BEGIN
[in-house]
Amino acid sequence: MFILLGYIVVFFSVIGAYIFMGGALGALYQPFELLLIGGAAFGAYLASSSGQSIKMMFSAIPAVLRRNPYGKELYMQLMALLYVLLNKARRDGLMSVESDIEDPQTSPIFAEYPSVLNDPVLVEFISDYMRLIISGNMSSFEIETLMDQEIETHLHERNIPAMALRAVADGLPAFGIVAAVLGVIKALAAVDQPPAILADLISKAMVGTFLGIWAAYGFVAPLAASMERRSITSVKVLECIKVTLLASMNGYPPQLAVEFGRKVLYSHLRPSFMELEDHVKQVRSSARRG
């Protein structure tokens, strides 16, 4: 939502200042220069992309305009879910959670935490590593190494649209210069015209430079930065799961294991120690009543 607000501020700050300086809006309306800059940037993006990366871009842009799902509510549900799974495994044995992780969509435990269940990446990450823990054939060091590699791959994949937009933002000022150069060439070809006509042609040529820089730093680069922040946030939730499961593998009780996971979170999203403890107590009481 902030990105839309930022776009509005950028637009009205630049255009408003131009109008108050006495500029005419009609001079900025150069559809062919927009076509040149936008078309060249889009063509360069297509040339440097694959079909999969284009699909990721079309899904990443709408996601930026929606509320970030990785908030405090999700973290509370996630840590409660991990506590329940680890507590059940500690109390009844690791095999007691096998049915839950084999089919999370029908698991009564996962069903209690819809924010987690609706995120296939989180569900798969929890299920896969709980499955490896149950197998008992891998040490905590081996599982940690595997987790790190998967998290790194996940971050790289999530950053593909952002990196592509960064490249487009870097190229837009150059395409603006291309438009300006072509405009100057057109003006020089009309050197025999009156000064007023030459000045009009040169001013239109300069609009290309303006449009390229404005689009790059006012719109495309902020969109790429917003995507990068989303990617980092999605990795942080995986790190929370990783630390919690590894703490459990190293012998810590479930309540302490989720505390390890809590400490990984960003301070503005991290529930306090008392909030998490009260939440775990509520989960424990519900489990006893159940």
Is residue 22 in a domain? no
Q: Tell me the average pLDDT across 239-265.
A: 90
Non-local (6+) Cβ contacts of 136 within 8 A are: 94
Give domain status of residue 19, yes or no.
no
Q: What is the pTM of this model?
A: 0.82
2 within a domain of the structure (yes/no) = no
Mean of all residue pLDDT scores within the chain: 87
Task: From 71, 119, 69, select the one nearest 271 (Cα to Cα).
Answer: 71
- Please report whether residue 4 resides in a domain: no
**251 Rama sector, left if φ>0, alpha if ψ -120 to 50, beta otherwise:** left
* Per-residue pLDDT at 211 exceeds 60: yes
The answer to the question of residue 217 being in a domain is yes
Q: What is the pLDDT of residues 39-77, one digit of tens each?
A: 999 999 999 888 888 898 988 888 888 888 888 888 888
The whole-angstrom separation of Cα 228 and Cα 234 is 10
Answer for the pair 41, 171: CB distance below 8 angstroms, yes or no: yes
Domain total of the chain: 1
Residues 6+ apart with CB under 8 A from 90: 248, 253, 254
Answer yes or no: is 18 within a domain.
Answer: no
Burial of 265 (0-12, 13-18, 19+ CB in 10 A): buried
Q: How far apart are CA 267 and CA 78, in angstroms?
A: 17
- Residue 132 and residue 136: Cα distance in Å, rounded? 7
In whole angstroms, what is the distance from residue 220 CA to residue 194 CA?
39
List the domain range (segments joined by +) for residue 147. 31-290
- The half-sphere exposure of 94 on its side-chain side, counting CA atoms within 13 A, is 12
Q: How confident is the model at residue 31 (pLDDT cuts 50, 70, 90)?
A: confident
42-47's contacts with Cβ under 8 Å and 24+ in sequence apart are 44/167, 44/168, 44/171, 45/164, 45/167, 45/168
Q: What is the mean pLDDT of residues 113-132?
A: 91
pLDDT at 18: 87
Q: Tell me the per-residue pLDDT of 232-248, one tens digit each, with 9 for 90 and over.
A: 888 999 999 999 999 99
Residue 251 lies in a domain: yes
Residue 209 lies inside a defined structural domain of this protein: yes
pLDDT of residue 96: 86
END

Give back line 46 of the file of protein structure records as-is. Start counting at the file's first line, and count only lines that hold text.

pLDDT of residue 96: 86